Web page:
As soon as I conciously decided to pursue the dark valkrie, they somehow knew they had been elevated to the status of “fair game”. It took only two forays attempting to bring crows to the bag to show me their uncanny intelligence and I knew I would need to adopt another stratigy other than wearing my standard issue blue jeans and black tee shirt.
At first I tried wearing camophlage shirts. Then I added the pants. Then came the hat. Finally a full face mask and netting garbed the squirrel rifle. Hey, I had wached tose sniper movies too!
It seemed like they saw me coming from a mile away. I even tried driving my truck to the far edge of the woods, entering the canopy, donning the complete costume and then working my way slowly back to the crows’ usual haunts. Mind you, I had yet to fire a shot in anger. I had yet to get within range. This frustrating process continued for about three weeks. It was one evening, standing guard over the pond (You will remember I told you the War of the Snakes was never-ending?) that a white tailed deer came slinking down to the water’s edge for a drink. I was not trying to hide my presence but I was not moving either. It was then that it came to me that even though the deer was not “camophlaged” it only took a few steps into the bush before he dissappeared. His primary color was grey…a flat grey with light tints of brown along the backbone. It got me to thinking if the deer was not splotched with greens and browns perhaps there was a reason for wearing all of that grey!
That evening I dug out my old solid grey sweat pants and hooded sweat shirt that I had gotten from Walmart or someplace else equally cheap. The next time I went to on sorte’ against the crows, they didn’t know what hit them. The Stealth Bomber had nothing on me. (At that time the Stealth had yet to be built but you get the point.) Two of the dangerous beasts fell to the squirrel rifle that day and both shots were within 50 yards. At one point I had been stalking a cawing crow for about thirty minutes and when rounding a large tree I was caught off guard when I found him on the other side low down in the brush. I don’t know who was more surprised, the crow or me. I could not raise the rifle without being seen and he would not stop looking straight at me. I assume he was trying to identify what had disturbed his wonderful songs in what he had believed to be an uninhabited wood. Looking back on the event I probably looked something like the now famous Predator from the movies with the cloaking device turned “on”. Sure enough, I decided to take the shot but was unable to find him in the scope prior to his becoming startled and taking wing. When I got my heartbeat back below 120bps I finally figured out the scope was set on nine power. He was only at about 10 or 15 yards. Some lessons are hard learned and now when stalking anything the scope is always set on the lowest power. I did not miss taking the shot from lack of time. I blew the opportunity because I couldn’t find the target!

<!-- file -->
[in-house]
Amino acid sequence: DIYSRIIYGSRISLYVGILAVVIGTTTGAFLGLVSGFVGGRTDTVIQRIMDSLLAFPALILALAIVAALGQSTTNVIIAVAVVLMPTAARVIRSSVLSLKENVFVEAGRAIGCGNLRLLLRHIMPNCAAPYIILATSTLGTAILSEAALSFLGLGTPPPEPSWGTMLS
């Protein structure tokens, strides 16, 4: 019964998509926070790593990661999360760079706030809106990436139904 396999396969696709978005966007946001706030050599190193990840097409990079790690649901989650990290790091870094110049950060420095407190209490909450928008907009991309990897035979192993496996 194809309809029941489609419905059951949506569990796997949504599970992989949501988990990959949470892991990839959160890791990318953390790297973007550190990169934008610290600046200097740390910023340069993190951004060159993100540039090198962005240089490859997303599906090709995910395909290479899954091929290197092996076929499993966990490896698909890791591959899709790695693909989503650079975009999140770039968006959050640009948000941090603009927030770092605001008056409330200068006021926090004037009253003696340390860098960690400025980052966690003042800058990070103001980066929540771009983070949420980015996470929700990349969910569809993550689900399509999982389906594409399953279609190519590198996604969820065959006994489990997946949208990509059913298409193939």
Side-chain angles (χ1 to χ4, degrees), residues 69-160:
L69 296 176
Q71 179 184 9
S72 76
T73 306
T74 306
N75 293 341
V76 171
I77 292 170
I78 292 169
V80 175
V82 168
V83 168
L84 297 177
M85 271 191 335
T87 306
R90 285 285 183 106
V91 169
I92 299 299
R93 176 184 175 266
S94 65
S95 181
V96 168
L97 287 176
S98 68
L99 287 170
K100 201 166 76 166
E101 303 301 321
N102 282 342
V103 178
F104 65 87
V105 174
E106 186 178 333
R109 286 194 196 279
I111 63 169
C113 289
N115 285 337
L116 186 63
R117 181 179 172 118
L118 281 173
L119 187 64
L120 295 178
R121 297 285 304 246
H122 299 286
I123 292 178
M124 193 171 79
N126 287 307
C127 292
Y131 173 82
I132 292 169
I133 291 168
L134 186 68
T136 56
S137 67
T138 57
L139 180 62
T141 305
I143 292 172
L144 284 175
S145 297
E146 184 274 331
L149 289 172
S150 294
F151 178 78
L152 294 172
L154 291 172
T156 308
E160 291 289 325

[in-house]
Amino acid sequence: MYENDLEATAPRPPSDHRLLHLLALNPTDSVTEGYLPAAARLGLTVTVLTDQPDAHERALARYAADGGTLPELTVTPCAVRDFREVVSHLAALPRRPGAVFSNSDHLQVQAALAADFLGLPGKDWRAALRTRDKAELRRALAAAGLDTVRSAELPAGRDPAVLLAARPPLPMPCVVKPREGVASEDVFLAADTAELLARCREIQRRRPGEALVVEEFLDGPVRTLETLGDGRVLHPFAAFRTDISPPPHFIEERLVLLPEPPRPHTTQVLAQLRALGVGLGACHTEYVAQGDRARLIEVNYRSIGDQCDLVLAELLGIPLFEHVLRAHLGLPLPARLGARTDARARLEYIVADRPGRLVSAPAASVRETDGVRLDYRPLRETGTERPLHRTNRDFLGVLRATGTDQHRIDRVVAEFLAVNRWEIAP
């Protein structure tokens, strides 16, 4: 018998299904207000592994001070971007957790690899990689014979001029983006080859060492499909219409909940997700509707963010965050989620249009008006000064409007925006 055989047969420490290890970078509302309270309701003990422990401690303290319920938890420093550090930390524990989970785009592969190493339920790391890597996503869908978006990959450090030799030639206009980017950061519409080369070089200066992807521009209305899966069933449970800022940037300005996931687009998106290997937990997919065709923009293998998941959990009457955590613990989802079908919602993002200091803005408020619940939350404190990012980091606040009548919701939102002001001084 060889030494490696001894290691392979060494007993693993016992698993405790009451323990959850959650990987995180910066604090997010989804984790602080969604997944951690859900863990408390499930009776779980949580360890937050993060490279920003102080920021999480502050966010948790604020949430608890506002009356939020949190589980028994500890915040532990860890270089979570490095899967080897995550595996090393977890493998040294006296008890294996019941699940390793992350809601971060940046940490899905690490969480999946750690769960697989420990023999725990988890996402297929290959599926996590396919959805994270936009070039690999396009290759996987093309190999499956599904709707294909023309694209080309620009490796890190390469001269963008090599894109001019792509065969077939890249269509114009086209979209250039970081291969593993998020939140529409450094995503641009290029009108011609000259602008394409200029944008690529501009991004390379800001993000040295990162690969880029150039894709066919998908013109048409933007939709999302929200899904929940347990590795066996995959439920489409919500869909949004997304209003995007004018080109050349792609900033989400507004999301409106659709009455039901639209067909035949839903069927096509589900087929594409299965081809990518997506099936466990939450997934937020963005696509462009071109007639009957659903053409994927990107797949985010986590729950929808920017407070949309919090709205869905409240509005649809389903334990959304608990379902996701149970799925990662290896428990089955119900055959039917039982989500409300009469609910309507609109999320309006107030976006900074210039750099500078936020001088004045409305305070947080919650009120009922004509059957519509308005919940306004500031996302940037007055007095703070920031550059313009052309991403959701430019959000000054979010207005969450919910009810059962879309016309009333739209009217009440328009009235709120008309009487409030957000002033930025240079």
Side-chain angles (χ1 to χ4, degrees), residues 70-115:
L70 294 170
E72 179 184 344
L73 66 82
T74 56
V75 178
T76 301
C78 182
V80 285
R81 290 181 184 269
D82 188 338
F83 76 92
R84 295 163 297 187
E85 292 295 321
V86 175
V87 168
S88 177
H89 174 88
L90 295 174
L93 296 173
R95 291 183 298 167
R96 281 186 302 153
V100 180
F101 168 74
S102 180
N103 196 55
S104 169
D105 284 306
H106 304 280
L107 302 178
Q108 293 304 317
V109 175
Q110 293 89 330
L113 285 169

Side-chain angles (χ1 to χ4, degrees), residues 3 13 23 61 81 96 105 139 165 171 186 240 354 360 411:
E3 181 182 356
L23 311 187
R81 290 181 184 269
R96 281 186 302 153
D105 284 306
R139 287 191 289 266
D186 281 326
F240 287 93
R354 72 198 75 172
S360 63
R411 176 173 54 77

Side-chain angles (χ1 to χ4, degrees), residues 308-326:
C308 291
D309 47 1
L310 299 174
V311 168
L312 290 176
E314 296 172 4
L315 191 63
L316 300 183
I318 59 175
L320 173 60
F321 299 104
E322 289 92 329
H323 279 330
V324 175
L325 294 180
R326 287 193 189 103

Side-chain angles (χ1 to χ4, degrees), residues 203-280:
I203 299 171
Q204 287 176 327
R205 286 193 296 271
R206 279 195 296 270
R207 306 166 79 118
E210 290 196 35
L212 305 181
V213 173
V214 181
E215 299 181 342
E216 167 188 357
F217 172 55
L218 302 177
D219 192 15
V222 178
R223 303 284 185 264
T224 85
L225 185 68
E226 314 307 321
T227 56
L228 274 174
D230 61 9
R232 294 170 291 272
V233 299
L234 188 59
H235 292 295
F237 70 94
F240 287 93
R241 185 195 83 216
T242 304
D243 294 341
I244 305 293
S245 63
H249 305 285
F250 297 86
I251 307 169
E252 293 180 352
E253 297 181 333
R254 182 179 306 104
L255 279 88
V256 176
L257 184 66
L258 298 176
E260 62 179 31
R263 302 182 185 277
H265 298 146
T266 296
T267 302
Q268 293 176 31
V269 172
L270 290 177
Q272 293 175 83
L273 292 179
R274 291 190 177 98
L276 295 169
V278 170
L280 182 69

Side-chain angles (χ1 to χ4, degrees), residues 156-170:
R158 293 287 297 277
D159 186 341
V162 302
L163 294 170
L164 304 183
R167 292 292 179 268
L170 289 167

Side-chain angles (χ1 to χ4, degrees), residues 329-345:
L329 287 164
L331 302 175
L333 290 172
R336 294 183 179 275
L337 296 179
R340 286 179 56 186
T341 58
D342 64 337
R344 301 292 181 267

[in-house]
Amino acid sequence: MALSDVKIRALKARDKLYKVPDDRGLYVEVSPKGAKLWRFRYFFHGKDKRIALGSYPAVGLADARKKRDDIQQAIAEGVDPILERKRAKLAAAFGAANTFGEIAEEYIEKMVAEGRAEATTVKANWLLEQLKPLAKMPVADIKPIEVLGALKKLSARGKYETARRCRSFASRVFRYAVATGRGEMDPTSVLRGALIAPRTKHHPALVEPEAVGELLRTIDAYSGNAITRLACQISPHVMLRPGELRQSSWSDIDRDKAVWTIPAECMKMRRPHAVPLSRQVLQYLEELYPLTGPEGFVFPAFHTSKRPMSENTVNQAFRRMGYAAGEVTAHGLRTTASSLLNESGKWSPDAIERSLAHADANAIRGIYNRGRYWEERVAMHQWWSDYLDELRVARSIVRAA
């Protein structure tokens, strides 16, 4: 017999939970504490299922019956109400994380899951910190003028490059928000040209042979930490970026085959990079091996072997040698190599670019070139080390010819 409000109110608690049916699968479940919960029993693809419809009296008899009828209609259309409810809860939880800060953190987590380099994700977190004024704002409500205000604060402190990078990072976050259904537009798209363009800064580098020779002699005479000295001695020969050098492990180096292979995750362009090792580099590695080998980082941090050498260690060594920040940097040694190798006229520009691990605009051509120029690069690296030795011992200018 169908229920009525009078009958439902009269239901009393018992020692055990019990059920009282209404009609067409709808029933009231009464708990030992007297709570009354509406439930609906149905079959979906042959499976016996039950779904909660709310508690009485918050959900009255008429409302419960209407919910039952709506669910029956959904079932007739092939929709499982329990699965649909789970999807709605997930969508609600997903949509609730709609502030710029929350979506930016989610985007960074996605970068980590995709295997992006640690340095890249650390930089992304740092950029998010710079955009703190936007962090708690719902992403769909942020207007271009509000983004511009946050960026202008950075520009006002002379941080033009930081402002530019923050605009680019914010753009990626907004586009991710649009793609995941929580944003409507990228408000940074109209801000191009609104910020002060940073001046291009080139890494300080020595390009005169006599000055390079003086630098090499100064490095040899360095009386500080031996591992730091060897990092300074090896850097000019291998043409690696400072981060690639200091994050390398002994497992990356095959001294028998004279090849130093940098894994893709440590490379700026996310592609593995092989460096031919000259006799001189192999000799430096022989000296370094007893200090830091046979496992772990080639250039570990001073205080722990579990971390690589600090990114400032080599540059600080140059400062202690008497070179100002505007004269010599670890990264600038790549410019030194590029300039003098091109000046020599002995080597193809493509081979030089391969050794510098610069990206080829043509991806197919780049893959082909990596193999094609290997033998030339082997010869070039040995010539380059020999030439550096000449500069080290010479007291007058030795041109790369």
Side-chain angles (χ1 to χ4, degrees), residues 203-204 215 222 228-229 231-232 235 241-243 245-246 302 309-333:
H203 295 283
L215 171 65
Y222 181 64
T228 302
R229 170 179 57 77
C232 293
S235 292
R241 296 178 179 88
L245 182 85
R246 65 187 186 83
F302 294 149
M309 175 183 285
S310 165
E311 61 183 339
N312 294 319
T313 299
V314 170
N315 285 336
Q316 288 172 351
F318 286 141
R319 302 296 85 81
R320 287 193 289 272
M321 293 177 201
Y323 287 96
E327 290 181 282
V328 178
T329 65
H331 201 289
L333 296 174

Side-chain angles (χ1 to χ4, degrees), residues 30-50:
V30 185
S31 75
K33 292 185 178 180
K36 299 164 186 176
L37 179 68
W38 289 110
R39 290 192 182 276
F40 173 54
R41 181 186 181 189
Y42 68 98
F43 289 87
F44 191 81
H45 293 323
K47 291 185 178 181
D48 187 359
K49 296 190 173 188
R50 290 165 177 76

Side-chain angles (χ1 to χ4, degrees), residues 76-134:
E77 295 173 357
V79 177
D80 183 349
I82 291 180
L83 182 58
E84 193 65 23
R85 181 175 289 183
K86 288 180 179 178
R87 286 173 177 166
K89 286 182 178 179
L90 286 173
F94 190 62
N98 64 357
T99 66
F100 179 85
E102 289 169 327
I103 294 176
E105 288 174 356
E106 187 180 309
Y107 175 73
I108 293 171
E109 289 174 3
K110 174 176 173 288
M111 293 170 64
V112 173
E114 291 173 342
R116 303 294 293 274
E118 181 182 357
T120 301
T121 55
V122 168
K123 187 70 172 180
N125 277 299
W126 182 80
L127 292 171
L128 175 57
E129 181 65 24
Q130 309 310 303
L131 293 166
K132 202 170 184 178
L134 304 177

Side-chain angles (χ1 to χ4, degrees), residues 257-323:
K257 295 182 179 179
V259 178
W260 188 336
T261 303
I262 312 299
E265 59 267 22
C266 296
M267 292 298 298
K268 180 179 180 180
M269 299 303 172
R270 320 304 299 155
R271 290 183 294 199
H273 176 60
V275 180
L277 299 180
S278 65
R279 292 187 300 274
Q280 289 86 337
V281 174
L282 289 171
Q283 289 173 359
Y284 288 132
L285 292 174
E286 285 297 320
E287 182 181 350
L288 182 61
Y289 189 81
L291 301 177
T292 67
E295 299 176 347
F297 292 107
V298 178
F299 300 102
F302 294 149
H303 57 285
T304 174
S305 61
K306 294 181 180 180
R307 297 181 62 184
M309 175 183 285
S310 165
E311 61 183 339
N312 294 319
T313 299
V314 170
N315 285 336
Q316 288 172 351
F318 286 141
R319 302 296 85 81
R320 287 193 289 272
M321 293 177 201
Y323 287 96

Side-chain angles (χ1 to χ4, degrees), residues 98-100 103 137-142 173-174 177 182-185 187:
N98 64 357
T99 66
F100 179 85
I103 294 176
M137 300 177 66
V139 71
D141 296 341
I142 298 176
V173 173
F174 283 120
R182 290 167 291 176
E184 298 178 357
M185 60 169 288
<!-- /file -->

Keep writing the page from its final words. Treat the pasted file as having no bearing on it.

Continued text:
Now I ask the kind reader, was the wearing of the grey and my sudden new-found ability to seek up on those guys coincidental? I can tell you it definatly was not! I consiquently killed more than a score of crows from that stand of woods over the next couple of years. As space became available another troop would move in. During that time I witnessed my first “Murder” of crows where literally a hundred or more gathered in that same stand of pines and oaks swirling and looping, calling and croaking for hours. I believe it was some sort of mating ritual designed to mix up the gene pool because it was later that spring I identified the pitiful cries of the newborn.
If yoou have never heard the calls of young of crows not yet fletced it can only be described as erie sounding. When first I heard it I thought of a small injured sheep, a small child or maybe an injured deer. The noise is queer and haunting to say the least. But I found the nests and stalked to the base of those trees and saw with my own eyes the adults coming and going on their parental duties. No, I never molested crows’ nests. Only four points or more are “legal” in my book.